In this post, we will discuss how blog post length affects SEO and the pros and cons of shorter versus longer blog posts. This post is up-to-date as of March 2018 to support the most recent evidence.
The Ideal Blog Post Length for SEO
Research shows that in order to perform well in search engine rankings, all of the content that you post on your blog should contain a minimum of 300 words. Why is this you ask? This is because studies have shown that 300 words is the length that should be considered the minimum word count necessary in order for blog posts to be recognized and ranked in search engines. This is mainly the case because a blog post needs at least this many words for you to be able to incorporate keyword research and other critical SEO optimization into content.
300 words may be the minimum ideal word count, however, research shows that posts containing more than 1,000 words rank best with search engines for many reasons. More importantly, according to Forbes, blog posts containing over 1,500 words were over 68% more likely to be shared on Twitter and over 22% more likely to be liked on Facebook compared to shorter posts. On the downside, longer posts are more difficult to write, and often readers prefer shorter content that is easier to digest.
Writing Shorter Blog Posts
Now that we have confused you with a very wide “ideal range” it is time for us to discuss the benefits and drawbacks related to both short and long blog content.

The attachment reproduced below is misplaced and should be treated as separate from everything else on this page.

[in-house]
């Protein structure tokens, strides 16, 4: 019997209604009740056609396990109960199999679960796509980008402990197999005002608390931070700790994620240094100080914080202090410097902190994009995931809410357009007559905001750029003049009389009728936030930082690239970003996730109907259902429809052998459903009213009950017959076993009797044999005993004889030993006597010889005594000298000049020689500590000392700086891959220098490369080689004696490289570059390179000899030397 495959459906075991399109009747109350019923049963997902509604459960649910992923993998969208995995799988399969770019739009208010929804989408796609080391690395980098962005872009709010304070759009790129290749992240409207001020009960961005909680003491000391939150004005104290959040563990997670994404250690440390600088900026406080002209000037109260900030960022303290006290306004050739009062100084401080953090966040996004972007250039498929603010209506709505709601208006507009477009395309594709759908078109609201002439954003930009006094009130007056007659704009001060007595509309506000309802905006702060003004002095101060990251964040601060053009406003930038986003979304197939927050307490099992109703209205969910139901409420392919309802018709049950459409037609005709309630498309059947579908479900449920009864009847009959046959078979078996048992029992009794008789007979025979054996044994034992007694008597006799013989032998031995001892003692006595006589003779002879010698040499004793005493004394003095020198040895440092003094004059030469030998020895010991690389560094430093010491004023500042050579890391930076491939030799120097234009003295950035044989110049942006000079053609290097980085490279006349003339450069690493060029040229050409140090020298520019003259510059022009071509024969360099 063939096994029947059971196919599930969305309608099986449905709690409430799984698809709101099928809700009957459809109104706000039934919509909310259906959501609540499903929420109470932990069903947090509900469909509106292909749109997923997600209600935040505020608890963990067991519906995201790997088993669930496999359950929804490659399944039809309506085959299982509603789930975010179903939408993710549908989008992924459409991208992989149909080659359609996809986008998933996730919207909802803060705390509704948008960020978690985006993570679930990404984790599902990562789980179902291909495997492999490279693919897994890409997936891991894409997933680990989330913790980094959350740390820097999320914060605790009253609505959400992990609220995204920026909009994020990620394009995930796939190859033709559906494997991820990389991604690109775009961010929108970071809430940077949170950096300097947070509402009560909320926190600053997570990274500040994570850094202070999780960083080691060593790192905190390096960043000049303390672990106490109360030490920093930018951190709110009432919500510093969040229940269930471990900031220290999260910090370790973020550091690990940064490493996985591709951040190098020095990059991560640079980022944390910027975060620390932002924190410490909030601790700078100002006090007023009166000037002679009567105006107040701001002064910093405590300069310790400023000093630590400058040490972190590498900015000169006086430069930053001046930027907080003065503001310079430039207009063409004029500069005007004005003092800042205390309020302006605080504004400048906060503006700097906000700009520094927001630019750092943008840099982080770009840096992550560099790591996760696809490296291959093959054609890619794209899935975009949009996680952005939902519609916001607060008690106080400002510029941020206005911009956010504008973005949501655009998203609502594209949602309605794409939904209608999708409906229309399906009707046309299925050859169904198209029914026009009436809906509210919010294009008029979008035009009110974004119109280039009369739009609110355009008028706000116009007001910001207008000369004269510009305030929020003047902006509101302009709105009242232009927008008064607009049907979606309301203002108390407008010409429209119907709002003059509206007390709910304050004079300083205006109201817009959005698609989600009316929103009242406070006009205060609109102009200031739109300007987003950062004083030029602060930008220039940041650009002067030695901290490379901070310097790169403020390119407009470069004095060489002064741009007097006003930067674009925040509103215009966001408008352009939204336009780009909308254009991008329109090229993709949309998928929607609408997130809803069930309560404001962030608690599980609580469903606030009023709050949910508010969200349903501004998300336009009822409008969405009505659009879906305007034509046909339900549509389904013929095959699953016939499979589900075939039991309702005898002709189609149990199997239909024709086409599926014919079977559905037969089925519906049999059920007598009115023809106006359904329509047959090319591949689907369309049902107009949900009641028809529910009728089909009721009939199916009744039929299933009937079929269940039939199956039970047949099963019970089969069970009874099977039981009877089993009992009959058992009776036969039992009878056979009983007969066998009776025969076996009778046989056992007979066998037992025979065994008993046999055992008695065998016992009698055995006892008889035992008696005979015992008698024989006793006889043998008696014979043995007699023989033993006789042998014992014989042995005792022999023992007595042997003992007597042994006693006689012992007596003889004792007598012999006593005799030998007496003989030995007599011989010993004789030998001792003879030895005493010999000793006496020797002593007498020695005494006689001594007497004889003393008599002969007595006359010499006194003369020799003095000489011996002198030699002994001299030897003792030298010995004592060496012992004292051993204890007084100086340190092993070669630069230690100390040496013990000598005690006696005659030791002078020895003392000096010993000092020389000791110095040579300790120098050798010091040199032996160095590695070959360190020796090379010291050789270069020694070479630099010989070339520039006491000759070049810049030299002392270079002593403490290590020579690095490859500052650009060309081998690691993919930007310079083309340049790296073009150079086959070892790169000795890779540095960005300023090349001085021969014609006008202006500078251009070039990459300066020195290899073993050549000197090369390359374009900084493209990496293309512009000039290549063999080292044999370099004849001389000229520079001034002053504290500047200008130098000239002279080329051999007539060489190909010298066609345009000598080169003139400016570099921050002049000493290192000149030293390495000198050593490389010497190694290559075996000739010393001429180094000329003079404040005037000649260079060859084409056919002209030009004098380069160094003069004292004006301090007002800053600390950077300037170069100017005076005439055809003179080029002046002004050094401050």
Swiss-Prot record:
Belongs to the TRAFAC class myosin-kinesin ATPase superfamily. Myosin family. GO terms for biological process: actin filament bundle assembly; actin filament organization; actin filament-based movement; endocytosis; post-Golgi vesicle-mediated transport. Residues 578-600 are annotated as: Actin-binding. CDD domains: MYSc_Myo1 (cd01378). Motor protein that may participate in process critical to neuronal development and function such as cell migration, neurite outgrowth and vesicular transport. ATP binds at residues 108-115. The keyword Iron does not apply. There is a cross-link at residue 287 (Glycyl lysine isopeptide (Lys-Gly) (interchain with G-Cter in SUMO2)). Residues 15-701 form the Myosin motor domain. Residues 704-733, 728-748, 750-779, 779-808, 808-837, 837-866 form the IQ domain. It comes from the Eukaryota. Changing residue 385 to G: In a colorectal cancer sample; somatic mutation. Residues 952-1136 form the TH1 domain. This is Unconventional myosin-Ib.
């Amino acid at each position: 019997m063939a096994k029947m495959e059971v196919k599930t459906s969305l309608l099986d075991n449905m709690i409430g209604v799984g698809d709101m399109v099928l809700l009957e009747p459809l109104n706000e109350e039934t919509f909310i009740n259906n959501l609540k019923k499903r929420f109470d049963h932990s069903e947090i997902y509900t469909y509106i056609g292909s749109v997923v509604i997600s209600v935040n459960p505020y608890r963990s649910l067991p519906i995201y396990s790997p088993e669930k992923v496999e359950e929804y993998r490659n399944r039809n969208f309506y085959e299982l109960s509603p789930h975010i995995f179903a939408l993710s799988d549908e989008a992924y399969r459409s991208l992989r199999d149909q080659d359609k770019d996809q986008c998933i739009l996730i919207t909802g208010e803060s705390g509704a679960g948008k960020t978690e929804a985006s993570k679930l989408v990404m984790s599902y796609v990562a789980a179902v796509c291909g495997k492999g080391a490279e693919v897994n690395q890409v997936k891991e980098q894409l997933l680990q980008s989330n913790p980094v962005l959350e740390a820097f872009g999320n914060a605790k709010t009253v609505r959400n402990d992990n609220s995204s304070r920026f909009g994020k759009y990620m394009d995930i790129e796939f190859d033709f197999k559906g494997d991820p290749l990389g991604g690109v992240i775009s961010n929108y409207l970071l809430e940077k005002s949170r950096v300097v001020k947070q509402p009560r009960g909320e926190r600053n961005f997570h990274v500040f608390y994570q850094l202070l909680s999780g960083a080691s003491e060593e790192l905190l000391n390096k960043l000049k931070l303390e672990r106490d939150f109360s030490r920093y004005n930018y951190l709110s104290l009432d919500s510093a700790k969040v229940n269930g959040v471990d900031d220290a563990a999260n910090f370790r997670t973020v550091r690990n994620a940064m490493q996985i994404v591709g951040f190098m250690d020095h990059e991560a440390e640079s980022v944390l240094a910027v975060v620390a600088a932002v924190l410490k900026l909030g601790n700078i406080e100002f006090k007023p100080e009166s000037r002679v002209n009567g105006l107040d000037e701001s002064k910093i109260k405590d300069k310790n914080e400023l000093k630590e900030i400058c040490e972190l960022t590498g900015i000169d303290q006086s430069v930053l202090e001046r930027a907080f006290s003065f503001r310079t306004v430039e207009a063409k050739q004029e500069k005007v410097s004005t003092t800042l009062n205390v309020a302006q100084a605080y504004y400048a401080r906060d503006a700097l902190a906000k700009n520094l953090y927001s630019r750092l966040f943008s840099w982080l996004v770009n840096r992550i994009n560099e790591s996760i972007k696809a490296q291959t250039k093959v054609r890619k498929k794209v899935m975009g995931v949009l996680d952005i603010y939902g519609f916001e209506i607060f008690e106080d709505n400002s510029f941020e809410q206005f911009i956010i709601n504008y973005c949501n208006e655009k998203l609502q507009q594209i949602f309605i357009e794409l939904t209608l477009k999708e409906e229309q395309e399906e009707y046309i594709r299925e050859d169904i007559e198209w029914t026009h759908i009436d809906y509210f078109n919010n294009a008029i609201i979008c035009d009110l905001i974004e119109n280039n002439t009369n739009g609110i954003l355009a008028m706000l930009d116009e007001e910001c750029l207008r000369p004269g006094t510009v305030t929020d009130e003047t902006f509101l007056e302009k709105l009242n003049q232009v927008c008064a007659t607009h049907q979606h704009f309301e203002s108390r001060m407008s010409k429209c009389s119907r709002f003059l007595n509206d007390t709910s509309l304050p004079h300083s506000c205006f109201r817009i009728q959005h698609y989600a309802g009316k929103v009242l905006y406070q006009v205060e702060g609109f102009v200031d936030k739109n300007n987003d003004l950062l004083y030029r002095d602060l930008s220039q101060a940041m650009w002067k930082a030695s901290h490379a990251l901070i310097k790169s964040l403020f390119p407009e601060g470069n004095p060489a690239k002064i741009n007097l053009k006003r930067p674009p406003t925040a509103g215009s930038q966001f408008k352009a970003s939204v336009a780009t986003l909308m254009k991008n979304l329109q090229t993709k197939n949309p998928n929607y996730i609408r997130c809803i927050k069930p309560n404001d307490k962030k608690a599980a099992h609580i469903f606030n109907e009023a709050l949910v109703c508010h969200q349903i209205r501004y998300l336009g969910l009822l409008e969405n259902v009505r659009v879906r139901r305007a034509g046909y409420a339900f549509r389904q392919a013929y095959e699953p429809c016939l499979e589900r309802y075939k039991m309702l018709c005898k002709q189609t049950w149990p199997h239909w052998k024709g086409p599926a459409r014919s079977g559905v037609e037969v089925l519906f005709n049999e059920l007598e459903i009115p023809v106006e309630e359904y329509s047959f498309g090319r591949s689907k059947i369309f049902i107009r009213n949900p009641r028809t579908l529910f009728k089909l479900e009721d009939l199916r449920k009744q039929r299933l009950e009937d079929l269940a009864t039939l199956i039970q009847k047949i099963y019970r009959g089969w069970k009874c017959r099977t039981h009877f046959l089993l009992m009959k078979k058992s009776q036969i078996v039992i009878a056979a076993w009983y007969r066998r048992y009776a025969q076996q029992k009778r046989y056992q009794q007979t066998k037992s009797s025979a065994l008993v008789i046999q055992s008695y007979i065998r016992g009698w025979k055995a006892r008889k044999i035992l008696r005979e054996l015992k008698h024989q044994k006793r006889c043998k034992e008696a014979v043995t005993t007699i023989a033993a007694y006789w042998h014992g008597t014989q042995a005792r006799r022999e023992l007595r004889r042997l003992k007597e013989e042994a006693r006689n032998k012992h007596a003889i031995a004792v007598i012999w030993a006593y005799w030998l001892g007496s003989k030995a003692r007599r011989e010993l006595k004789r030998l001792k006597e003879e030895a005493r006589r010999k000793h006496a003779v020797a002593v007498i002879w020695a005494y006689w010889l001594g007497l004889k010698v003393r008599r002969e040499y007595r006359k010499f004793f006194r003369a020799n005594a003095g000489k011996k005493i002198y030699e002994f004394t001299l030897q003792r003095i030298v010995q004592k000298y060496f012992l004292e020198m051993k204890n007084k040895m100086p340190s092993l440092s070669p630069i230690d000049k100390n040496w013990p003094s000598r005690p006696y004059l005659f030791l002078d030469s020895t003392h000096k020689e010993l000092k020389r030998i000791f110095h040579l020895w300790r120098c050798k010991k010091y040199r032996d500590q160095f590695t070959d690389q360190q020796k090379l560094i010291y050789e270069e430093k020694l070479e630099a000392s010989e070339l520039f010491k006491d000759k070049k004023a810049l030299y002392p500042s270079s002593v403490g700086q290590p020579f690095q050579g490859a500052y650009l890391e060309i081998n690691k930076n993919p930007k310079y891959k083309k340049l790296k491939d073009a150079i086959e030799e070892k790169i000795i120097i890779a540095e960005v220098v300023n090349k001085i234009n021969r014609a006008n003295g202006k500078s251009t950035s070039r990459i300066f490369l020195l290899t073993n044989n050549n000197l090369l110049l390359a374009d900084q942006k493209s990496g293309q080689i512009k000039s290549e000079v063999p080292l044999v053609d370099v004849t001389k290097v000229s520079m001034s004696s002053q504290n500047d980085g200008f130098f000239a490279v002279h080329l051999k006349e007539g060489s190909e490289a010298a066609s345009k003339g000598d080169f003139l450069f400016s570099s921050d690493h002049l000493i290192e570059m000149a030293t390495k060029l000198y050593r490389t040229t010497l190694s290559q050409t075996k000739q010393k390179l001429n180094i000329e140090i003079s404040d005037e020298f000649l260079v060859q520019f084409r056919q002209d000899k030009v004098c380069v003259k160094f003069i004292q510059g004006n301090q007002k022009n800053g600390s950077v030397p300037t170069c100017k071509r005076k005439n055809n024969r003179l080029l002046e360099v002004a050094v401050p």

The Pros of Writing Shorter Blog Posts
- Must easier to create on a regular basis.
- Typically, a shorter blog post is easier to read.
- More content means a bigger footprint. This doesn’t substitute for quality, though.
Keeping the 300 word minimum in mind, here are some of the benefits of publishing shorter content on your company blog.
First of all, shorter content is much easier to create on a regular basis. For most of us, a 1,000+ word post on a weekly schedule is just not going to happen. By setting your sites on shorter content creation you are much more likely to create a blog posting schedule and stick to it.
Another benefit of shorter content creation is that it is typically more readable, especially if you are not a professional writer. This is because when creating long-form content many writers compromise on quality, which in turn will hurt your SEO and defeat the purpose of creating the longer content in the first place. That said, if you are not a strong writer, it is probably best to focus on shorter, reader-friendly content.
Posting shorter content also means that you will get to post more of it, and focus on a wider variety of topics. Instead of focusing hours or your time researching and crafting the perfect post on just one of your company’s many focuses, developing short, quick posts on a variety of topics that are relevant to your company will allow you to get more content out to your readers, educating them on a wider range of topics.
In addition to the many benefits listed above, shorter content has also been shown to be more effective in selling a product or service or getting a reader to take a specific action. If your aim is to get a reader to take action by clicking on a CTA, downloading a new e-book, or signing up for an email list, a short, to-the-point blog post is probably exactly what you need.
The Cons of Writing Shorter Content
- Search engines have a hard time discerning the context of your page content. They are robots, after all.
- Fewer words mean less keyword ranking opportunities.
- Content does not have the opportunity to speak to readers at their level of understanding. The content can be too shallow.
As you can see, a strong argument can be made for focusing your efforts shorter blog content creation. However, there are also many drawbacks to short blog posts. The most important of these drawbacks is that shorter posts simply do not rank as well in search engines as longer pieces of content.